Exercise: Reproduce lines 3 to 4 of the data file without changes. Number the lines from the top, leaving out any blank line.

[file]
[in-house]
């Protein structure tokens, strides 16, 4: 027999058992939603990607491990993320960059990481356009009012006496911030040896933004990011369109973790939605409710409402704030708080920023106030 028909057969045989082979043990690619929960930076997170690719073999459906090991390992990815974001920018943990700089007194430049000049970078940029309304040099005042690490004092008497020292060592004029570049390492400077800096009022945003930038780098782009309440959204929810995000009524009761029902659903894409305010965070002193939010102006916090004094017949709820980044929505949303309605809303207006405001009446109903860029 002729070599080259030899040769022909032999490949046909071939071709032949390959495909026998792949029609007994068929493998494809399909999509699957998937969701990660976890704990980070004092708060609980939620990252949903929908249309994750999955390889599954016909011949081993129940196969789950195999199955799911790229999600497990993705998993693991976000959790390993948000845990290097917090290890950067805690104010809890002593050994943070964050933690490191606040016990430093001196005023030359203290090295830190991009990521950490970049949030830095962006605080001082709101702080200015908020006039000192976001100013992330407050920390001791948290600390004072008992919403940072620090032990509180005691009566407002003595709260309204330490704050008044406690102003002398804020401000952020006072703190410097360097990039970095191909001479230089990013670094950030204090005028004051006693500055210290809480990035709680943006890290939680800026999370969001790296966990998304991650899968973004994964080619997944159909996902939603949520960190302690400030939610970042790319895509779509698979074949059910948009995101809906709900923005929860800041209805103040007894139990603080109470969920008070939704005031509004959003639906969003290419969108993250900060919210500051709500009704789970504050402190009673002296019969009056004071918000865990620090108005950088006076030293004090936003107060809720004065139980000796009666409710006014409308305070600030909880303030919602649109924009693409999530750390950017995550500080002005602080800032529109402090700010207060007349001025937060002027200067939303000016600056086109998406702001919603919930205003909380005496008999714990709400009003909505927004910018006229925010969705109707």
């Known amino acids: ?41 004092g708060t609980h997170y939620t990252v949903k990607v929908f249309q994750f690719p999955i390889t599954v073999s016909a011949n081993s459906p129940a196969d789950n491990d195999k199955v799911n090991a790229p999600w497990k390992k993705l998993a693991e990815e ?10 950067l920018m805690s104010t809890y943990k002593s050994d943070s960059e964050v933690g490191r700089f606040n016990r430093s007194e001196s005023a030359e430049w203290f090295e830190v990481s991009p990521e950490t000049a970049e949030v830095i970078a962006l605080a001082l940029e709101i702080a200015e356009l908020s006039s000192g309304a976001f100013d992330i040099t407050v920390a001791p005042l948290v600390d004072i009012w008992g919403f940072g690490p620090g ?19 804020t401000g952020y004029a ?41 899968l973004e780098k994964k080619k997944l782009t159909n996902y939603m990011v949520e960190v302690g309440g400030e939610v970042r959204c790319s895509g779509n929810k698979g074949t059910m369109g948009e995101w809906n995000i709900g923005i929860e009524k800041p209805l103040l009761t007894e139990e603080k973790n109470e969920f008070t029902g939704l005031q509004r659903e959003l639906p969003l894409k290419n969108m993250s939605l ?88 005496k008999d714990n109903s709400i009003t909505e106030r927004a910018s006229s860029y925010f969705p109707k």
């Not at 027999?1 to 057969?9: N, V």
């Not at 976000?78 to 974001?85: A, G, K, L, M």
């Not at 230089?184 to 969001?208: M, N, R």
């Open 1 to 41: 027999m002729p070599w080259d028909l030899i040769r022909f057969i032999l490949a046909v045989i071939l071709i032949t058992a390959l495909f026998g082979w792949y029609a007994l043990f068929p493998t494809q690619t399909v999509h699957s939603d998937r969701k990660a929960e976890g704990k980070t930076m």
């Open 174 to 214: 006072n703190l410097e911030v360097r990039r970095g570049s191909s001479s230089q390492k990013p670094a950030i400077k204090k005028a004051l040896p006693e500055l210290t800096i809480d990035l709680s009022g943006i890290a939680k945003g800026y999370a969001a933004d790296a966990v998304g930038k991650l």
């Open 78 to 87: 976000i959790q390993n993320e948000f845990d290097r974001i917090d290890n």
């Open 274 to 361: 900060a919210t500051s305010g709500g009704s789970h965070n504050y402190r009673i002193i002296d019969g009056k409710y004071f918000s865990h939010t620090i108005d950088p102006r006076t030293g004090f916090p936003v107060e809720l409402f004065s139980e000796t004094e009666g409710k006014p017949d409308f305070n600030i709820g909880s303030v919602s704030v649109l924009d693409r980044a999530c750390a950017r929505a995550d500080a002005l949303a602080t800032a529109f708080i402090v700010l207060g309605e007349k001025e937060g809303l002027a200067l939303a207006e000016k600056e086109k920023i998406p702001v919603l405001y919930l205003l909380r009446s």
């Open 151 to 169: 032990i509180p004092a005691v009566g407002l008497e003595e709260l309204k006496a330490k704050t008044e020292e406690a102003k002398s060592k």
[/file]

């Known amino acids: ?41 004092g708060t609980h997170y939620t990252v949903k990607v929908f249309q994750f690719p999955i390889t599954v073999s016909a011949n081993s459906p129940a196969d789950n491990d195999k199955v799911n090991a790229p999600w497990k390992k993705l998993a693991e990815e ?10 950067l920018m805690s104010t809890y943990k002593s050994d943070s960059e964050v933690g490191r700089f606040n016990r430093s007194e001196s005023a030359e430049w203290f090295e830190v990481s991009p990521e950490t000049a970049e949030v830095i970078a962006l605080a001082l940029e709101i702080a200015e356009l908020s006039s000192g309304a976001f100013d992330i040099t407050v920390a001791p005042l948290v600390d004072i009012w008992g919403f940072g690490p620090g ?19 804020t401000g952020y004029a ?41 899968l973004e780098k994964k080619k997944l782009t159909n996902y939603m990011v949520e960190v302690g309440g400030e939610v970042r959204c790319s895509g779509n929810k698979g074949t059910m369109g948009e995101w809906n995000i709900g923005i929860e009524k800041p209805l103040l009761t007894e139990e603080k973790n109470e969920f008070t029902g939704l005031q509004r659903e959003l639906p969003l894409k290419n969108m993250s939605l ?88 005496k008999d714990n109903s709400i009003t909505e106030r927004a910018s006229s860029y925010f969705p109707k």
């Not at 027999?1 to 057969?9: N, V």